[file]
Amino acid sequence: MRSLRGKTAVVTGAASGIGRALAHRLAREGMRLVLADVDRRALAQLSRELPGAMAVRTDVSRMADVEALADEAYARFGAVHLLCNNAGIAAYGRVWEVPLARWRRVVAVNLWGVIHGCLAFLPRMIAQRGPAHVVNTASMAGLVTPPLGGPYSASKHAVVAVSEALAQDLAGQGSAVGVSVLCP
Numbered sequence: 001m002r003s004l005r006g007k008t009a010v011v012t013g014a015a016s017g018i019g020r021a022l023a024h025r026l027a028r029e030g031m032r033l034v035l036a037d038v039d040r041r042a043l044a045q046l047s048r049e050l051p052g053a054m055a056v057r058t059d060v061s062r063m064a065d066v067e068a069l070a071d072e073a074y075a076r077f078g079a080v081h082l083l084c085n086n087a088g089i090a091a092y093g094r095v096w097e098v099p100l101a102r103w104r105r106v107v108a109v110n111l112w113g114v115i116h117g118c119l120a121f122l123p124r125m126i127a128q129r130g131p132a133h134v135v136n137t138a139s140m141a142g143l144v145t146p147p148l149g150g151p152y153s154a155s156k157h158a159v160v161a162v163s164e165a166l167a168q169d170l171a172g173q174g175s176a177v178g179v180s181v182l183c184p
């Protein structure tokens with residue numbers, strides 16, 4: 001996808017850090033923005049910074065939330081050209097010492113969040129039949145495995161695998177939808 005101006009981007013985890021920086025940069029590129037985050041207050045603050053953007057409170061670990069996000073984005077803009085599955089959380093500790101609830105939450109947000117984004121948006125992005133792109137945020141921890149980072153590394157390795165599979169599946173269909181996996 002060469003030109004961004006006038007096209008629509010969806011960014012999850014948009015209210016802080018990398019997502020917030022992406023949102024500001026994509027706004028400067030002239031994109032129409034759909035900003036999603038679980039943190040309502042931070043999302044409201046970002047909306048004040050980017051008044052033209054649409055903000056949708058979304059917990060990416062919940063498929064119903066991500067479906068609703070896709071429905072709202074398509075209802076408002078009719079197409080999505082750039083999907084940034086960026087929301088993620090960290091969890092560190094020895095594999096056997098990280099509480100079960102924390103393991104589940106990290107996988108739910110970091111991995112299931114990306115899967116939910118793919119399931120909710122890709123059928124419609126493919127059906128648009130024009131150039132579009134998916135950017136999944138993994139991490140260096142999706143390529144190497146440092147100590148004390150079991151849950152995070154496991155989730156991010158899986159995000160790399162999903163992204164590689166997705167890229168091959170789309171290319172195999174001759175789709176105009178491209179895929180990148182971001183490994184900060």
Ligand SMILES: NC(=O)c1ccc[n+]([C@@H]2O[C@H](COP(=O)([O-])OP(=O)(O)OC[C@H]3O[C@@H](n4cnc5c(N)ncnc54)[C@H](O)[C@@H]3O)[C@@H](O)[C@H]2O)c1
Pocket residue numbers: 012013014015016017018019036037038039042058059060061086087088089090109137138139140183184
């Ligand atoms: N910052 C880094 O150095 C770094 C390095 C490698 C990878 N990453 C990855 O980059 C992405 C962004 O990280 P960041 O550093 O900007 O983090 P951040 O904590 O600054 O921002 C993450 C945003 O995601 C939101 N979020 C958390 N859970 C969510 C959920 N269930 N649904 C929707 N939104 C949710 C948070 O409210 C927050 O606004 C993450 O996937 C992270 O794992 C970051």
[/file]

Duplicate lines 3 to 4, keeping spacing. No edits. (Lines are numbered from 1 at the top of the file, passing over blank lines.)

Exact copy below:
């Protein structure tokens with residue numbers, strides 16, 4: 001996808017850090033923005049910074065939330081050209097010492113969040129039949145495995161695998177939808 005101006009981007013985890021920086025940069029590129037985050041207050045603050053953007057409170061670990069996000073984005077803009085599955089959380093500790101609830105939450109947000117984004121948006125992005133792109137945020141921890149980072153590394157390795165599979169599946173269909181996996 002060469003030109004961004006006038007096209008629509010969806011960014012999850014948009015209210016802080018990398019997502020917030022992406023949102024500001026994509027706004028400067030002239031994109032129409034759909035900003036999603038679980039943190040309502042931070043999302044409201046970002047909306048004040050980017051008044052033209054649409055903000056949708058979304059917990060990416062919940063498929064119903066991500067479906068609703070896709071429905072709202074398509075209802076408002078009719079197409080999505082750039083999907084940034086960026087929301088993620090960290091969890092560190094020895095594999096056997098990280099509480100079960102924390103393991104589940106990290107996988108739910110970091111991995112299931114990306115899967116939910118793919119399931120909710122890709123059928124419609126493919127059906128648009130024009131150039132579009134998916135950017136999944138993994139991490140260096142999706143390529144190497146440092147100590148004390150079991151849950152995070154496991155989730156991010158899986159995000160790399162999903163992204164590689166997705167890229168091959170789309171290319172195999174001759175789709176105009178491209179895929180990148182971001183490994184900060």
Ligand SMILES: NC(=O)c1ccc[n+]([C@@H]2O[C@H](COP(=O)([O-])OP(=O)(O)OC[C@H]3O[C@@H](n4cnc5c(N)ncnc54)[C@H](O)[C@@H]3O)[C@@H](O)[C@H]2O)c1